The Commission has proposed draft recommendations designed to give the Plan every chance of success.
"The current institutional arrangements for implementing the Plan do not give the Commission confidence that the significant risks ahead will be well managed. Basin Governments need to collectively take charge and deliver on implementation of the Plan for the benefit of the Basin as a whole, not just to their own patch. This needs to be accompanied by reform of the Murray-Darling Basin Authority to create a separate Basin Plan Regulator" Associate Commissioner for Water John Madden said.
"Now is the opportunity to make important 'stitch in time' changes to ensure delivery of an effective Plan. Without immediate action, there is a significant risk of less water for irrigation, the cost to taxpayers blowing out and, in the future, communities wondering whether it was all worthwhile." Commissioner Jane Doolan concluded.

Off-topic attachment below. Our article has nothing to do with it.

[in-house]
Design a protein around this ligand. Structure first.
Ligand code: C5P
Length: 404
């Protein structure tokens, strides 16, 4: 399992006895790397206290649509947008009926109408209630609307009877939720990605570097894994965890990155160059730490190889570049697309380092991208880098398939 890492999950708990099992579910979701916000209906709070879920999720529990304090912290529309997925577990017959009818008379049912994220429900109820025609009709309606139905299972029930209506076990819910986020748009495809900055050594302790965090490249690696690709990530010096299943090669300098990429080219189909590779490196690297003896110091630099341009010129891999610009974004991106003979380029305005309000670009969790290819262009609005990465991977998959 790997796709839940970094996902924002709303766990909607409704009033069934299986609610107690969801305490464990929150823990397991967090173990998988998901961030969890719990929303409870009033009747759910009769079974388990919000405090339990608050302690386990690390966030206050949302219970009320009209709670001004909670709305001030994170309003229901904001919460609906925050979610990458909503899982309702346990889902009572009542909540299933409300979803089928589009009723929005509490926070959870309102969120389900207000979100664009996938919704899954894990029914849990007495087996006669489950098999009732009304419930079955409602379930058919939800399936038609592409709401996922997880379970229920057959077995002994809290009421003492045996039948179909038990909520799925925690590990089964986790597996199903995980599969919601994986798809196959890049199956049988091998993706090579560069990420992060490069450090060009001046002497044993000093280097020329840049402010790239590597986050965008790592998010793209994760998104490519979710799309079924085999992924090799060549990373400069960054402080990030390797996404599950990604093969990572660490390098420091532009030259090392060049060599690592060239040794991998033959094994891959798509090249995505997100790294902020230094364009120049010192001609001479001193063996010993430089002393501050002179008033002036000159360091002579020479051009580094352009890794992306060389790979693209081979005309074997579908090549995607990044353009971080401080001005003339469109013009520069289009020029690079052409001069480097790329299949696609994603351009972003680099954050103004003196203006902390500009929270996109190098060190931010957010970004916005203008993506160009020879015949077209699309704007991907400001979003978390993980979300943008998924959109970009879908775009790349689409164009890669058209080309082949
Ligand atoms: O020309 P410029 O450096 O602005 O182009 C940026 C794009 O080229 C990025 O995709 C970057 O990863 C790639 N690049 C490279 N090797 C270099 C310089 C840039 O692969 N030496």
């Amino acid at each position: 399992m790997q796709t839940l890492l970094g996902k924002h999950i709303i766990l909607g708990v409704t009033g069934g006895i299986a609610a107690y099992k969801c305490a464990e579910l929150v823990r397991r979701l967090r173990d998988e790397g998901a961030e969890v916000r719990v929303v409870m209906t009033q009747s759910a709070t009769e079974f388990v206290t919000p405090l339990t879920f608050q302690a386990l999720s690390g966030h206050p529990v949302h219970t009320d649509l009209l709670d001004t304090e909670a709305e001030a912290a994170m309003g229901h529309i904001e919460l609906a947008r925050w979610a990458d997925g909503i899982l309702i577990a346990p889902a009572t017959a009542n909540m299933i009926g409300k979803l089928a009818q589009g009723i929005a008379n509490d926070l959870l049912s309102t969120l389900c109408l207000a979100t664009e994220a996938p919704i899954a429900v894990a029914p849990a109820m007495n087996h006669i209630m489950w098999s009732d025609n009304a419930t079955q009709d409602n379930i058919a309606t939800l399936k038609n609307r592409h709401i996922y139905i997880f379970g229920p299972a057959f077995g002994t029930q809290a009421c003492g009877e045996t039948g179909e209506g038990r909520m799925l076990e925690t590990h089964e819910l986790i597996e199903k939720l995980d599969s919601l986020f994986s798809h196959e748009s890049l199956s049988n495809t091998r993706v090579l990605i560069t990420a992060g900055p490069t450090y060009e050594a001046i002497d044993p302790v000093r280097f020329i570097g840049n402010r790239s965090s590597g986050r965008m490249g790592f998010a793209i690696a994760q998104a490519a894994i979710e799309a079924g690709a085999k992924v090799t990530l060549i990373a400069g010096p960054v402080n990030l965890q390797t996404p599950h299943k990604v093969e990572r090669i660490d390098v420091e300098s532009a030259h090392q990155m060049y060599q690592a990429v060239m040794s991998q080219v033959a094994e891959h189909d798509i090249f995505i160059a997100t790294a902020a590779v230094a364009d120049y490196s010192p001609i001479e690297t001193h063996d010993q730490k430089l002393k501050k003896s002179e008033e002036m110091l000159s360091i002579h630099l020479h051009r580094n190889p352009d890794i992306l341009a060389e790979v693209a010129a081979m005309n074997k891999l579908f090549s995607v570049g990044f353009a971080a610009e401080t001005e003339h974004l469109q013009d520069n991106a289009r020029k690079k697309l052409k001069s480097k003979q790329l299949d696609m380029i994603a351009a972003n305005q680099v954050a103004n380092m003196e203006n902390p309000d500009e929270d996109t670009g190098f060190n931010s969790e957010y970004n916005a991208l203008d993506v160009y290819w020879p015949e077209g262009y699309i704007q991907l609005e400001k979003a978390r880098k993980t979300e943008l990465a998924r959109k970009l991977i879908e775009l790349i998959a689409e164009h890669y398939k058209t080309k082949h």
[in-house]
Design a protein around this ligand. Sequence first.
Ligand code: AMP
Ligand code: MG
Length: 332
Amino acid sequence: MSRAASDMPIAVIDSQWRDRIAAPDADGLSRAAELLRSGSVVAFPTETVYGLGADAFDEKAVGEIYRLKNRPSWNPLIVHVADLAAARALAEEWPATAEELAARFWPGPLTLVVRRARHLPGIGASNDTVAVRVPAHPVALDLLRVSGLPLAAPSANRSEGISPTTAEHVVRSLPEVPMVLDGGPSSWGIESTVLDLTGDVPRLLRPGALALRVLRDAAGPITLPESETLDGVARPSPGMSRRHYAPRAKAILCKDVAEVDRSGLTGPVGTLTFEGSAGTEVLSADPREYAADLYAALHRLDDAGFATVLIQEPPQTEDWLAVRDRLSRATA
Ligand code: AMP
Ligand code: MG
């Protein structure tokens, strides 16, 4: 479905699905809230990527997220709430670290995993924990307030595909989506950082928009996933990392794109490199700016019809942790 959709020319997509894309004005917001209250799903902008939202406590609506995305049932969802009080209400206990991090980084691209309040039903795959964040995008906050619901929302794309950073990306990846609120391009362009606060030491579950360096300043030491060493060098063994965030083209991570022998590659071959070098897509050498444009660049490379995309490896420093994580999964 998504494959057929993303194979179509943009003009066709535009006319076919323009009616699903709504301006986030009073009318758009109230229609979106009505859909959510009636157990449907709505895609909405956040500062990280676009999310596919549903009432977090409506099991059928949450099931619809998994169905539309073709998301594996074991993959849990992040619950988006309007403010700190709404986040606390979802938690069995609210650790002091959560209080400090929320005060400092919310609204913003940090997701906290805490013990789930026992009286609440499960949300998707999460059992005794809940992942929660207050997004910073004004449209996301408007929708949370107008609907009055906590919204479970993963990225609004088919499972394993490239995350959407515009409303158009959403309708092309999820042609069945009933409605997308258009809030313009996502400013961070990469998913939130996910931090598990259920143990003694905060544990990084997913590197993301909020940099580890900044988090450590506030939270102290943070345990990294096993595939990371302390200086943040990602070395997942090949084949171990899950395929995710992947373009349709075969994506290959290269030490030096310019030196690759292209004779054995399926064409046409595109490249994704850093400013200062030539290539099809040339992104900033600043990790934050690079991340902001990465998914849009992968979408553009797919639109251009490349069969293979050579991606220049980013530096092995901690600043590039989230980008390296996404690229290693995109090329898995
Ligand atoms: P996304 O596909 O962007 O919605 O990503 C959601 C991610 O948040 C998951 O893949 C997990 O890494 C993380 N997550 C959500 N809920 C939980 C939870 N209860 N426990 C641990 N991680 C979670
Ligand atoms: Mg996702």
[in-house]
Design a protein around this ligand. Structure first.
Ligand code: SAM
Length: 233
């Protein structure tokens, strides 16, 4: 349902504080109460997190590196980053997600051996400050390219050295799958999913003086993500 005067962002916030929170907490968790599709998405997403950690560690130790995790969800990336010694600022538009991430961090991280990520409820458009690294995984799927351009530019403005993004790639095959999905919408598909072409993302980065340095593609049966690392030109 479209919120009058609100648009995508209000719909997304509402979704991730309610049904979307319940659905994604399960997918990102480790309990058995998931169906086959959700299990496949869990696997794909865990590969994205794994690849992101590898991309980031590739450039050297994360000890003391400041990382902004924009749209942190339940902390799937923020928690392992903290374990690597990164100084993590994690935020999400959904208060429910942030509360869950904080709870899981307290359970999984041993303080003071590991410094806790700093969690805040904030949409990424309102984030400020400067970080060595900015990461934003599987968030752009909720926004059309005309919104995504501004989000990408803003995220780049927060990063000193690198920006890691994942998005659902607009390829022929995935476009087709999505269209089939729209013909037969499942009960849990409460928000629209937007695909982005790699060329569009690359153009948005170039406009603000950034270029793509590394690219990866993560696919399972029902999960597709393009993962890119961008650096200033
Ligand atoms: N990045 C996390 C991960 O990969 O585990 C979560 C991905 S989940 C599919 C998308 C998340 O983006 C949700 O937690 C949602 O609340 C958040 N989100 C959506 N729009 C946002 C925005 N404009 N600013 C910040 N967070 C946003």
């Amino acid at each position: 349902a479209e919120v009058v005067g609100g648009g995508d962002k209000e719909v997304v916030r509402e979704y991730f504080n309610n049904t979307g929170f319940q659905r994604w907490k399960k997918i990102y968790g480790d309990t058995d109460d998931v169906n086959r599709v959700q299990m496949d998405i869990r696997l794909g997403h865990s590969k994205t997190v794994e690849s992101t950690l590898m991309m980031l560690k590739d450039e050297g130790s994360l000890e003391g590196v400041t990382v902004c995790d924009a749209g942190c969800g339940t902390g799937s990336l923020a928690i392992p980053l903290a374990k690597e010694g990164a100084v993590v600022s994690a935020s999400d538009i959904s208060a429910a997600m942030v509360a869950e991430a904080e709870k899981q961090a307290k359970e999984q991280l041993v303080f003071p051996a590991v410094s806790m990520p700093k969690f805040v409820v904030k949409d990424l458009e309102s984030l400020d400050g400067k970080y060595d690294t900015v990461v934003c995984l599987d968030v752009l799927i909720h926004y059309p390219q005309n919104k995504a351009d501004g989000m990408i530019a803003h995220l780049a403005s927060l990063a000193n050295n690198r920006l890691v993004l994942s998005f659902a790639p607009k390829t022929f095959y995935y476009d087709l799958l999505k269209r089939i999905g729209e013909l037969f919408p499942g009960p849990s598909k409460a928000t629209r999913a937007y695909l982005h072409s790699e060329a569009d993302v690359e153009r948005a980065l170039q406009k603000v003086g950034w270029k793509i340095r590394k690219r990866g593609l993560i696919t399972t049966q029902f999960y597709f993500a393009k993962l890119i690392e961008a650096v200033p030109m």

The Commission encourages interested parties to examine the draft report and make a submission or brief comment by 10 October 2018. The draft report is available at: http://www.pc.gov.au/inquiries/current/basin-plan/draft
Leonora Nicol, Media Director – 0417 665 443 / 02 6240 3239 / firstname.lastname@example.org
Video: We’d like to hear your views
Additional footage and photography courtesy: Murrumbidgee Irrigation; Rubicon/Vince Bucello, Midstate Video Productions; and Mallee Catchment Management Authority.
Transcript of video
Basin Governments are implementing the Murray Darling Basin Plan to reset the balance between the environment and commercial use of water — an historic achievement.
- $13 billion has been earmarked for the basin plan
- 3 million people rely on the basin for drinking water